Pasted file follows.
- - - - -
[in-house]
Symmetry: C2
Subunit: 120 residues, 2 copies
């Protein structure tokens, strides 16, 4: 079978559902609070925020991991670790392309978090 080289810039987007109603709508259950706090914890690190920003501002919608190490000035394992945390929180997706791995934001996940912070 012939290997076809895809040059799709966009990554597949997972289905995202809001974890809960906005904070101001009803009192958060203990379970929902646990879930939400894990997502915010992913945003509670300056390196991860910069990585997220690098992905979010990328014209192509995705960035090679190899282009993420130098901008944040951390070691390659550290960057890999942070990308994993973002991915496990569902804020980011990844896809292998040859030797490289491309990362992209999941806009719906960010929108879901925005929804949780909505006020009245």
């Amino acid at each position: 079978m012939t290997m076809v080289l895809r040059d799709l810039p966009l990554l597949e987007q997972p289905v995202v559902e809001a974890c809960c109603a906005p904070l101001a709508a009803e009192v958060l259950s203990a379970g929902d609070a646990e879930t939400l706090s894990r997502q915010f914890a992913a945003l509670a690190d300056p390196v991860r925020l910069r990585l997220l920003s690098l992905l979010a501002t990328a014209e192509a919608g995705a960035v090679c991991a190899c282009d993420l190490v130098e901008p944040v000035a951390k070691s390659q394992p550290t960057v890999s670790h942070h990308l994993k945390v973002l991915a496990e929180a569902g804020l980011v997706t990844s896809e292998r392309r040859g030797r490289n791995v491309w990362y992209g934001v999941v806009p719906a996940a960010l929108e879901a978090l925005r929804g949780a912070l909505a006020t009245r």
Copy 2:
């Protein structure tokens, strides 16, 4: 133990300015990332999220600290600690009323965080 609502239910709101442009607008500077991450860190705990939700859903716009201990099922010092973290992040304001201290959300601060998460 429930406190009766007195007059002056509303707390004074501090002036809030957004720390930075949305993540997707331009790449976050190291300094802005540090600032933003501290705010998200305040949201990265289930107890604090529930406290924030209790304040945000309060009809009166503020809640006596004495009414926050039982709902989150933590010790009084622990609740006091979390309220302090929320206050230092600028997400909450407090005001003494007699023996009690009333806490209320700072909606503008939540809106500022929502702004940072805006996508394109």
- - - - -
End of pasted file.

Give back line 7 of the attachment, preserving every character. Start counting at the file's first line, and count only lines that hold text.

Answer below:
């Protein structure tokens, strides 16, 4: 133990300015990332999220600290600690009323965080 609502239910709101442009607008500077991450860190705990939700859903716009201990099922010092973290992040304001201290959300601060998460 429930406190009766007195007059002056509303707390004074501090002036809030957004720390930075949305993540997707331009790449976050190291300094802005540090600032933003501290705010998200305040949201990265289930107890604090529930406290924030209790304040945000309060009809009166503020809640006596004495009414926050039982709902989150933590010790009084622990609740006091979390309220302090929320206050230092600028997400909450407090005001003494007699023996009690009333806490209320700072909606503008939540809106500022929502702004940072805006996508394109």